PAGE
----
Google Updates Classroom and Forms
With a new school year poised to begin, the tech giant announced 10 new updates to Google Classroom and the popular G Suite tool, Google Forms.
“This year, we’re sending teachers back to school with updates designed to help them do what they do best — teach,” writes Google Classroom software engineer Sarah Wu in the announcement blog post.
Google Classroom Updates Boost Organization
Based on feedback from educators, a big part of the Google update focused on adding features to ease organization. One update makes it easier to facilitate more personalized learning — letting students take control of their own learning — by creating a dedicated page for each student in Classroom that breaks down the student’s work by class.
“With this new view, teachers and students can see the status of every assignment, and can use filters to see assigned work, missing work, or returned and graded work,” writes Wu.
Also, to assist with organization, Classroom now lets teachers (and students) reorder classes based on schedule and priority.
Other updates let educators grade with decimals, add profile pictures via mobile, transfer class ownership and display a code to simplify students joining a class.
Other Updates Improve Classroom Integration and Utility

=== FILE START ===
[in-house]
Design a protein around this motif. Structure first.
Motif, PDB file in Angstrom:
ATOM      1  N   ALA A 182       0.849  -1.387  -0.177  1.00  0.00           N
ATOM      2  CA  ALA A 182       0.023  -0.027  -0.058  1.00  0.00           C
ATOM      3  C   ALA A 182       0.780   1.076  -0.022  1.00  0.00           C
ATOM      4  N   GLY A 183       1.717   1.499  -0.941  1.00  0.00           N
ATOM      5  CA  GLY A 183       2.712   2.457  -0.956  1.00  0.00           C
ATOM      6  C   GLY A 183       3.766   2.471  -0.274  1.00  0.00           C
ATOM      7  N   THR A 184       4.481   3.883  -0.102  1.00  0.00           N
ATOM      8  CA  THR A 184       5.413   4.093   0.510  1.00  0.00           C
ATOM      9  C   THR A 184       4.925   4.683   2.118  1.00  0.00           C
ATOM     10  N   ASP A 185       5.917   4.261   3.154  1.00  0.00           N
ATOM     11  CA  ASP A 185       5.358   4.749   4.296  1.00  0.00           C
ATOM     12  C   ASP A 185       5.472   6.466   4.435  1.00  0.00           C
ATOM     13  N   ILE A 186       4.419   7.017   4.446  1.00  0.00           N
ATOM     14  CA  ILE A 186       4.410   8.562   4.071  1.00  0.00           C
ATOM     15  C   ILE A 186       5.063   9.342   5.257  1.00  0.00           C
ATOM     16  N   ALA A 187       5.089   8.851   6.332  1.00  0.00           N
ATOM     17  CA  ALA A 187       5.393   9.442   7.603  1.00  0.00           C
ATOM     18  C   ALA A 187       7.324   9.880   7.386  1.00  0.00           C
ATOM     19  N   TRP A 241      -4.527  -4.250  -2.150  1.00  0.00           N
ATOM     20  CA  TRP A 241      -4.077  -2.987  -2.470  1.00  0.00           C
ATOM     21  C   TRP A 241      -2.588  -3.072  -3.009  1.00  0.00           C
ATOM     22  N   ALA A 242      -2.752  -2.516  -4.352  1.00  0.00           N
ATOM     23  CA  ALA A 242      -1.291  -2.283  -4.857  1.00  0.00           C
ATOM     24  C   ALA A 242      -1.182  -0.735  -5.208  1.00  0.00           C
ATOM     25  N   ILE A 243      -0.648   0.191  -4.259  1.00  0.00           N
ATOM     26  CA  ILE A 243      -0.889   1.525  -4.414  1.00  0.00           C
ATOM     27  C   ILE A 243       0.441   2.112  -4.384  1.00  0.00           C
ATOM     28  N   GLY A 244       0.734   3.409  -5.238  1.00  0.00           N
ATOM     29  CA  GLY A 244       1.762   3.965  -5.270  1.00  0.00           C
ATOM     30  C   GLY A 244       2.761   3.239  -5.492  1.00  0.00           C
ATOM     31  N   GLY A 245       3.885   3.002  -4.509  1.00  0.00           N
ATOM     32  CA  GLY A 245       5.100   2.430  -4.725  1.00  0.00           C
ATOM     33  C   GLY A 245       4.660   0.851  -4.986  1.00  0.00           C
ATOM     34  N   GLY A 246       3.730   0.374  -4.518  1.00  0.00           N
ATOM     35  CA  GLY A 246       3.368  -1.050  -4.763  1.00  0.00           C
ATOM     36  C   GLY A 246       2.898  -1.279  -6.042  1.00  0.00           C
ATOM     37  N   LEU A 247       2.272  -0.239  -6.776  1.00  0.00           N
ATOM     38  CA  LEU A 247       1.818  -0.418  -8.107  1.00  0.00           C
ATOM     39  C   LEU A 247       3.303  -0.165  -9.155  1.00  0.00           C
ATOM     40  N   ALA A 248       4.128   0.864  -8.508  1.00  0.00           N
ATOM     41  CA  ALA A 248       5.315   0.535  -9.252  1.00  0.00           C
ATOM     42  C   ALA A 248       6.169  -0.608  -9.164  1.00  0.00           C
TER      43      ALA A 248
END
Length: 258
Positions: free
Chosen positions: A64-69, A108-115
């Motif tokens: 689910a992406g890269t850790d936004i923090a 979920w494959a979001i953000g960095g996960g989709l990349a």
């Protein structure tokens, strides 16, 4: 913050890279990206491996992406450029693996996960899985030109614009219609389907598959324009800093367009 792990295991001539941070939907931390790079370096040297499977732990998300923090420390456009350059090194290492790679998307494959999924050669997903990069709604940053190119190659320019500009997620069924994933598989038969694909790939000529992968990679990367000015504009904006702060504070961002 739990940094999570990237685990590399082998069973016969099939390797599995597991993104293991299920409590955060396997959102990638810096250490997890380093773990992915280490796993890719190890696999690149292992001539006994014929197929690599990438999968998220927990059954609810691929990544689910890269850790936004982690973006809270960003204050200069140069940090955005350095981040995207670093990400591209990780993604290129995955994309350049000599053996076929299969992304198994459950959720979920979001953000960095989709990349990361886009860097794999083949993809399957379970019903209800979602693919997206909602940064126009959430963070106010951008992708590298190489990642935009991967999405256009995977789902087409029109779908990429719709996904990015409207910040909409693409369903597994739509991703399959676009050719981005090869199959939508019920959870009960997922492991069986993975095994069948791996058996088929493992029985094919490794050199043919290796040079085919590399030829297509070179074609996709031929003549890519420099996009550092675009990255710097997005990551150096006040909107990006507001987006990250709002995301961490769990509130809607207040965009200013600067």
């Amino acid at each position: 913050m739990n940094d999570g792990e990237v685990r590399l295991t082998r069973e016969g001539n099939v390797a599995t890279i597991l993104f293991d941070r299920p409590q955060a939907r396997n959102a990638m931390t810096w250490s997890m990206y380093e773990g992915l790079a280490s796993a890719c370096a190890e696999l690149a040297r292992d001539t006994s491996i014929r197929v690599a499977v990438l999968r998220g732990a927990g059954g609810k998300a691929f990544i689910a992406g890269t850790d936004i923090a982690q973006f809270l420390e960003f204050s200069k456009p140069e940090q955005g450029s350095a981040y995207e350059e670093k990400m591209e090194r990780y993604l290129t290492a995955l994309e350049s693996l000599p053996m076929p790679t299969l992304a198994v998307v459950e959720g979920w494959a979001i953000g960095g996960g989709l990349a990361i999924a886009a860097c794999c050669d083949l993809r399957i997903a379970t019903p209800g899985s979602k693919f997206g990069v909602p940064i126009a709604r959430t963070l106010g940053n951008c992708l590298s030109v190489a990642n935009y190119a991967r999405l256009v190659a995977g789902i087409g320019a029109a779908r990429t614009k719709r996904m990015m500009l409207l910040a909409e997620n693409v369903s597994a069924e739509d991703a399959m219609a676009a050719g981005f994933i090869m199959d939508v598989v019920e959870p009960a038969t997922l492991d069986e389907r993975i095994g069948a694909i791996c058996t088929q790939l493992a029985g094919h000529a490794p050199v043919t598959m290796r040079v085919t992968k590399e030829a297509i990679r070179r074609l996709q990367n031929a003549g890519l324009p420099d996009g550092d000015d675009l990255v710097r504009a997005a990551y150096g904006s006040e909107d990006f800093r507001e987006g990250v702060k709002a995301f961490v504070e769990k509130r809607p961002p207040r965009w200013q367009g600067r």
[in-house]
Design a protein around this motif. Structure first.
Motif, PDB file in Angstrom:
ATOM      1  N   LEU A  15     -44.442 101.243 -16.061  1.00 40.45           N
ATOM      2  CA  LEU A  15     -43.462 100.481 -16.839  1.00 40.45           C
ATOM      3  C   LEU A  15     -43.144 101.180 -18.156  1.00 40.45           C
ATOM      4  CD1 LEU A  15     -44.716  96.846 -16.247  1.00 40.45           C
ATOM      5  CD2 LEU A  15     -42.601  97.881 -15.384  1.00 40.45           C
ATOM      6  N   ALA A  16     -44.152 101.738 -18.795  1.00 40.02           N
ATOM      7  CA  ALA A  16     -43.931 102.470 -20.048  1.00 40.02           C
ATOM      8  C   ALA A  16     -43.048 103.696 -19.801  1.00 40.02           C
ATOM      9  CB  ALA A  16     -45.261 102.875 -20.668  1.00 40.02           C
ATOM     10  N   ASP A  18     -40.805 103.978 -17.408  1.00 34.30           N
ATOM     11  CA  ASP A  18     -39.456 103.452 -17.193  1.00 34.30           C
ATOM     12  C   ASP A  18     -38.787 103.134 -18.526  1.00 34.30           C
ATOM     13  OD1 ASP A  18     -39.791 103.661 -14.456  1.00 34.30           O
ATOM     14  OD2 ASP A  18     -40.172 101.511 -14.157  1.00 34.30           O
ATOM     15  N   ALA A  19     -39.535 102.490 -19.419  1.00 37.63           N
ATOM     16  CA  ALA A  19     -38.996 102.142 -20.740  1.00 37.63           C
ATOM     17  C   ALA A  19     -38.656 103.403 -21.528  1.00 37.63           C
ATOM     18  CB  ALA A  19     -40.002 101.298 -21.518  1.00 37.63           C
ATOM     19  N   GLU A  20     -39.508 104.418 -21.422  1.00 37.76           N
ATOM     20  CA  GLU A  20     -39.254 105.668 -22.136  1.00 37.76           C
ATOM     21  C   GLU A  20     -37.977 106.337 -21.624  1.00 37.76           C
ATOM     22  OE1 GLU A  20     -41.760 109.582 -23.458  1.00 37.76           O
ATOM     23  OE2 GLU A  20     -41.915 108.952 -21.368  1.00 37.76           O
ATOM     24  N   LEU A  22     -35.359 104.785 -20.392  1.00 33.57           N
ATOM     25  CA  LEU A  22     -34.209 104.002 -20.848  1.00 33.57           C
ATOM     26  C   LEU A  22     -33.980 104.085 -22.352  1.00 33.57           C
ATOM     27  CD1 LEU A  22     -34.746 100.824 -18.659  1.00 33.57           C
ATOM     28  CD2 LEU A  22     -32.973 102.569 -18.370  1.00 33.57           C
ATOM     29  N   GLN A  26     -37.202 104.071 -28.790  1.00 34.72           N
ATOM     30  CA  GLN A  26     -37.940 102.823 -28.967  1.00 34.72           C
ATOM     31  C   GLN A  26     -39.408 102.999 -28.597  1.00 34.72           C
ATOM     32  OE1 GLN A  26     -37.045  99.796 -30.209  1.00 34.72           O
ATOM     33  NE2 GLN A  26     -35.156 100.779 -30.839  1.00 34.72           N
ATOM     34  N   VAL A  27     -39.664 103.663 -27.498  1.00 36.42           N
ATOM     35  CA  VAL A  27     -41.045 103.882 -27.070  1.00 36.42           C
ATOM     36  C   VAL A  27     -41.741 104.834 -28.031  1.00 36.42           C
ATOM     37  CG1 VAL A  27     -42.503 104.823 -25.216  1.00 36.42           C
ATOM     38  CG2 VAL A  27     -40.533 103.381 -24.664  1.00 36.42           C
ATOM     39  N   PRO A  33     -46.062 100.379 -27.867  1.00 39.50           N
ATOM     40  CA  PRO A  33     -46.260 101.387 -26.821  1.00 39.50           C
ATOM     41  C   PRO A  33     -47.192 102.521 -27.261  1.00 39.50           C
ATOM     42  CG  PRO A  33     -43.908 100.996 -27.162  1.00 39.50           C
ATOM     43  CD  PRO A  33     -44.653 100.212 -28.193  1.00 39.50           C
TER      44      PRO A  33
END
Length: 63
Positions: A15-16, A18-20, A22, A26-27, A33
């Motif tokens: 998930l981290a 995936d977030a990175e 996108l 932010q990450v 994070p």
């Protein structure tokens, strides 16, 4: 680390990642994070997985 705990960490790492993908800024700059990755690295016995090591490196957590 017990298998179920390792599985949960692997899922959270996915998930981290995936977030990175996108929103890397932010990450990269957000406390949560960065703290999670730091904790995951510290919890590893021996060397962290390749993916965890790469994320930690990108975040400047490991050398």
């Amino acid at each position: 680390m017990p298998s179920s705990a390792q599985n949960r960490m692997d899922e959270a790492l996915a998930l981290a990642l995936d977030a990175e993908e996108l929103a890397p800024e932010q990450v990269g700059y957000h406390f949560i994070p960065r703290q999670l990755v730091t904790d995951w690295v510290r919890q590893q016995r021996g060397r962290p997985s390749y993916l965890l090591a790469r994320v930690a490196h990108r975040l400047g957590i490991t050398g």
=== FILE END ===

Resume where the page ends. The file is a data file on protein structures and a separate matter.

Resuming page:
Integration is another big component of the latest Classroom updates. By better integrating the platform with School Directory Sync, admins now can use student information to set up Google Classroom for educators before classes even start. Another update supports apps like Quizizz, Edcite and Kami.
Many educators are already using Google Forms as a tool for midyear check-ins and quizzes. Soon Google Classroom will allow educators to import grades from real-time quizzes in Forms. Also, Forms now has question-by-question grading and feedback, improving the utility of the tool.
With the latest update, Google also launched a community of teachers who range from first-time users to longtime experts. Participants can access and share resources and tips through the Training Center or #FirstDayofClassroom.
“When teachers need help, they don’t need to look any further than their fellow teachers,” writes Google Classroom’s Lindsay Rumer in a blog post. “For every teacher ready to use Classroom, there’s a teacher ready to help.”
Looks like Google Classroom will be even more helpful for teachers and students in the upcoming year.
(Story via Ed Tech)